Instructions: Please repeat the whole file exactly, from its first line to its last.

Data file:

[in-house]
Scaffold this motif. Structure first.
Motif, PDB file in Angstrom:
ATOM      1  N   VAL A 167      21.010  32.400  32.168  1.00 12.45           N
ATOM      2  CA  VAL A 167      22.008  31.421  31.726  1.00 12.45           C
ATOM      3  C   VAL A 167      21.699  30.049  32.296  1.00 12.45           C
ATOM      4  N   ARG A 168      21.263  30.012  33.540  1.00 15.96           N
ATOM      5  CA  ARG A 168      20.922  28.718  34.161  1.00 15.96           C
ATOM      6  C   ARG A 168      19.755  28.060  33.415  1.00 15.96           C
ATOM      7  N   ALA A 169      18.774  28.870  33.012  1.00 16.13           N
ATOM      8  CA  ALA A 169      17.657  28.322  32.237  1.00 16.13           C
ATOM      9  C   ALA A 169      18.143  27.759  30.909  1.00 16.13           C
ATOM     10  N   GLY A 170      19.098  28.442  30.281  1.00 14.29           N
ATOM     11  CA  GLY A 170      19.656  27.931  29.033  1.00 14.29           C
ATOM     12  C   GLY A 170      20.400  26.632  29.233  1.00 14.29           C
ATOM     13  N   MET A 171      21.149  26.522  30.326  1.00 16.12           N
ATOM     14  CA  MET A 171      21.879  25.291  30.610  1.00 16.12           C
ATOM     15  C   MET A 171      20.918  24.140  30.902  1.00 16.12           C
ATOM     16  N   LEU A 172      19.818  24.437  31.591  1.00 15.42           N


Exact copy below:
[in-house]
Scaffold this motif. Structure first.
Motif, PDB file in Angstrom:
ATOM      1  N   VAL A 167      21.010  32.400  32.168  1.00 12.45           N
ATOM      2  CA  VAL A 167      22.008  31.421  31.726  1.00 12.45           C
ATOM      3  C   VAL A 167      21.699  30.049  32.296  1.00 12.45           C
ATOM      4  N   ARG A 168      21.263  30.012  33.540  1.00 15.96           N
ATOM      5  CA  ARG A 168      20.922  28.718  34.161  1.00 15.96           C
ATOM      6  C   ARG A 168      19.755  28.060  33.415  1.00 15.96           C
ATOM      7  N   ALA A 169      18.774  28.870  33.012  1.00 16.13           N
ATOM      8  CA  ALA A 169      17.657  28.322  32.237  1.00 16.13           C
ATOM      9  C   ALA A 169      18.143  27.759  30.909  1.00 16.13           C
ATOM     10  N   GLY A 170      19.098  28.442  30.281  1.00 14.29           N
ATOM     11  CA  GLY A 170      19.656  27.931  29.033  1.00 14.29           C
ATOM     12  C   GLY A 170      20.400  26.632  29.233  1.00 14.29           C
ATOM     13  N   MET A 171      21.149  26.522  30.326  1.00 16.12           N
ATOM     14  CA  MET A 171      21.879  25.291  30.610  1.00 16.12           C
ATOM     15  C   MET A 171      20.918  24.140  30.902  1.00 16.12           C
ATOM     16  N   LEU A 172      19.818  24.437  31.591  1.00 15.42           N